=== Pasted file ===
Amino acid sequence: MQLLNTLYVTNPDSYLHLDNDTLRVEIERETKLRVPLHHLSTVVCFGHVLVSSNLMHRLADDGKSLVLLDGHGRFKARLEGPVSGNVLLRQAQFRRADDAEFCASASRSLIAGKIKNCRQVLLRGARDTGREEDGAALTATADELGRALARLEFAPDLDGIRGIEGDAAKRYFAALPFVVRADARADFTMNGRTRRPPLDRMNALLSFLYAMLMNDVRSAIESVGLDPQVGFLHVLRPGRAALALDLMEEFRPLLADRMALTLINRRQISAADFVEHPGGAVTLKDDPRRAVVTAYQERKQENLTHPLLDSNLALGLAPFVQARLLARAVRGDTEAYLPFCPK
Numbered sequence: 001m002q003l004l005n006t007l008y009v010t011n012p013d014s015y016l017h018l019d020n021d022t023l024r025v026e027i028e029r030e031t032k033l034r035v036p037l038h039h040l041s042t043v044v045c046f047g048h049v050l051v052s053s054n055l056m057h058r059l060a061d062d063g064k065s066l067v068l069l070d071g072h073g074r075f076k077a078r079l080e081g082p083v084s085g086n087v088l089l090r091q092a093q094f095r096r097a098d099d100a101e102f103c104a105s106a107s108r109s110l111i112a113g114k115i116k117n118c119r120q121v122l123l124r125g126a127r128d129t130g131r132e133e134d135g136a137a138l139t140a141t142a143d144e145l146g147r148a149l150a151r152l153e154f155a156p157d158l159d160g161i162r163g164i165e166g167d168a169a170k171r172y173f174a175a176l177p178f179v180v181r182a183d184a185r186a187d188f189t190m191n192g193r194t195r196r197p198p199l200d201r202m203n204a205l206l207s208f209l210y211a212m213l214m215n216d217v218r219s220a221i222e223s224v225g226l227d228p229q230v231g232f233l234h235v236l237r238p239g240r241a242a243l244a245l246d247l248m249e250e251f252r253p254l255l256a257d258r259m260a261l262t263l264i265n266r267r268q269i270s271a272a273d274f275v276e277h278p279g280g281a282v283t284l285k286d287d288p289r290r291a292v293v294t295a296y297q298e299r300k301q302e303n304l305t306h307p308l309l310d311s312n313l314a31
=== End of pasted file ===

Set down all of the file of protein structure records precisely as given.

Amino acid sequence: MQLLNTLYVTNPDSYLHLDNDTLRVEIERETKLRVPLHHLSTVVCFGHVLVSSNLMHRLADDGKSLVLLDGHGRFKARLEGPVSGNVLLRQAQFRRADDAEFCASASRSLIAGKIKNCRQVLLRGARDTGREEDGAALTATADELGRALARLEFAPDLDGIRGIEGDAAKRYFAALPFVVRADARADFTMNGRTRRPPLDRMNALLSFLYAMLMNDVRSAIESVGLDPQVGFLHVLRPGRAALALDLMEEFRPLLADRMALTLINRRQISAADFVEHPGGAVTLKDDPRRAVVTAYQERKQENLTHPLLDSNLALGLAPFVQARLLARAVRGDTEAYLPFCPK
Numbered sequence: 001m002q003l004l005n006t007l008y009v010t011n012p013d014s015y016l017h018l019d020n021d022t023l024r025v026e027i028e029r030e031t032k033l034r035v036p037l038h039h040l041s042t043v044v045c046f047g048h049v050l051v052s053s054n055l056m057h058r059l060a061d062d063g064k065s066l067v068l069l070d071g072h073g074r075f076k077a078r079l080e081g082p083v084s085g086n087v088l089l090r091q092a093q094f095r096r097a098d099d100a101e102f103c104a105s106a107s108r109s110l111i112a113g114k115i116k117n118c119r120q121v122l123l124r125g126a127r128d129t130g131r132e133e134d135g136a137a138l139t140a141t142a143d144e145l146g147r148a149l150a151r152l153e154f155a156p157d158l159d160g161i162r163g164i165e166g167d168a169a170k171r172y173f174a175a176l177p178f179v180v181r182a183d184a185r186a187d188f189t190m191n192g193r194t195r196r197p198p199l200d201r202m203n204a205l206l207s208f209l210y211a212m213l214m215n216d217v218r219s220a221i222e223s224v225g226l227d228p229q230v231g232f233l234h235v236l237r238p239g240r241a242a243l244a245l246d247l248m249e250e251f252r253p254l255l256a257d258r259m260a261l262t263l264i265n266r267r268q269i270s271a272a273d274f275v276e277h278p279g280g281a282v283t284l285k286d287d288p289r290r291a292v293v294t295a296y297q298e299r300k301q302e303n304l305t306h307p308l309l310d311s312n313l314a31